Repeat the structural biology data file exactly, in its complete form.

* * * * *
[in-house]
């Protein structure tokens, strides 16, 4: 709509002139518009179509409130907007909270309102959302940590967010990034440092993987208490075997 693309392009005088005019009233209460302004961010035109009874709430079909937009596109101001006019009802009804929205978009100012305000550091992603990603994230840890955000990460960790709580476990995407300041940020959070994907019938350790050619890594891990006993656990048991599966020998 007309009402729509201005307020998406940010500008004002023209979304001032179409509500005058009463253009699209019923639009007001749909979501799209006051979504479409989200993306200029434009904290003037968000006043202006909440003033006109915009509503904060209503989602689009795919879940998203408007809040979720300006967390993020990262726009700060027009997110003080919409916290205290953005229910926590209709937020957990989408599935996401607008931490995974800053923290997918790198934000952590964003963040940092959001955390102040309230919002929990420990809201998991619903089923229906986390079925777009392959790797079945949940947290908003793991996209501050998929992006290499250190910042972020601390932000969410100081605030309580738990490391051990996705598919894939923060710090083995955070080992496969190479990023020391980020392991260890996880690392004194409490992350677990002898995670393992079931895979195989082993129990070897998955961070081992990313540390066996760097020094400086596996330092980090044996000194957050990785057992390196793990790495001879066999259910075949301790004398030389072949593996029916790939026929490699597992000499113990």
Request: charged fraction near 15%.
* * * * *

[in-house]
């Protein structure tokens, strides 16, 4: 709509002139518009179509409130907007909270309102959302940590967010990034440092993987208490075997 693309392009005088005019009233209460302004961010035109009874709430079909937009596109101001006019009802009804929205978009100012305000550091992603990603994230840890955000990460960790709580476990995407300041940020959070994907019938350790050619890594891990006993656990048991599966020998 007309009402729509201005307020998406940010500008004002023209979304001032179409509500005058009463253009699209019923639009007001749909979501799209006051979504479409989200993306200029434009904290003037968000006043202006909440003033006109915009509503904060209503989602689009795919879940998203408007809040979720300006967390993020990262726009700060027009997110003080919409916290205290953005229910926590209709937020957990989408599935996401607008931490995974800053923290997918790198934000952590964003963040940092959001955390102040309230919002929990420990809201998991619903089923229906986390079925777009392959790797079945949940947290908003793991996209501050998929992006290499250190910042972020601390932000969410100081605030309580738990490391051990996705598919894939923060710090083995955070080992496969190479990023020391980020392991260890996880690392004194409490992350677990002898995670393992079931895979195989082993129990070897998955961070081992990313540390066996760097020094400086596996330092980090044996000194957050990785057992390196793990790495001879066999259910075949301790004398030389072949593996029916790939026929490699597992000499113990």
Request: charged fraction near 15%.